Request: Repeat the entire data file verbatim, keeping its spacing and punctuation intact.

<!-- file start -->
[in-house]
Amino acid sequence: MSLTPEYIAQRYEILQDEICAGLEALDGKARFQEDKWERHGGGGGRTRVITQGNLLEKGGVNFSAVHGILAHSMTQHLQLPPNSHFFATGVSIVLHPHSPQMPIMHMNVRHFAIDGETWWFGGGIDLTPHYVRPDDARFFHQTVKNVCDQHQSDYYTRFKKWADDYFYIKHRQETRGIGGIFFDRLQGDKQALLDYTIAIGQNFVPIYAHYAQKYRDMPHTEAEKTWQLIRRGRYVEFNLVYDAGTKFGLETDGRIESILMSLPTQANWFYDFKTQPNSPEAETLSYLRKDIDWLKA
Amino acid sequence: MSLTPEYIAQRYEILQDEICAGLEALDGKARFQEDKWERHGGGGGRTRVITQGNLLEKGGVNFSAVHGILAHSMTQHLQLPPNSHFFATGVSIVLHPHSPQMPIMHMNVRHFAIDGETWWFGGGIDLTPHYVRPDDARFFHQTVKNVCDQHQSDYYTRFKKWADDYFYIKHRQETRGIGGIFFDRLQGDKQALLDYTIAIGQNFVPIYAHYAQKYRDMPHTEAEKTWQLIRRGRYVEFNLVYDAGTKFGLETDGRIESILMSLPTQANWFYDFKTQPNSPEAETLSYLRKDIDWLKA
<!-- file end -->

[in-house]
Amino acid sequence: MSLTPEYIAQRYEILQDEICAGLEALDGKARFQEDKWERHGGGGGRTRVITQGNLLEKGGVNFSAVHGILAHSMTQHLQLPPNSHFFATGVSIVLHPHSPQMPIMHMNVRHFAIDGETWWFGGGIDLTPHYVRPDDARFFHQTVKNVCDQHQSDYYTRFKKWADDYFYIKHRQETRGIGGIFFDRLQGDKQALLDYTIAIGQNFVPIYAHYAQKYRDMPHTEAEKTWQLIRRGRYVEFNLVYDAGTKFGLETDGRIESILMSLPTQANWFYDFKTQPNSPEAETLSYLRKDIDWLKA
Amino acid sequence: MSLTPEYIAQRYEILQDEICAGLEALDGKARFQEDKWERHGGGGGRTRVITQGNLLEKGGVNFSAVHGILAHSMTQHLQLPPNSHFFATGVSIVLHPHSPQMPIMHMNVRHFAIDGETWWFGGGIDLTPHYVRPDDARFFHQTVKNVCDQHQSDYYTRFKKWADDYFYIKHRQETRGIGGIFFDRLQGDKQALLDYTIAIGQNFVPIYAHYAQKYRDMPHTEAEKTWQLIRRGRYVEFNLVYDAGTKFGLETDGRIESILMSLPTQANWFYDFKTQPNSPEAETLSYLRKDIDWLKA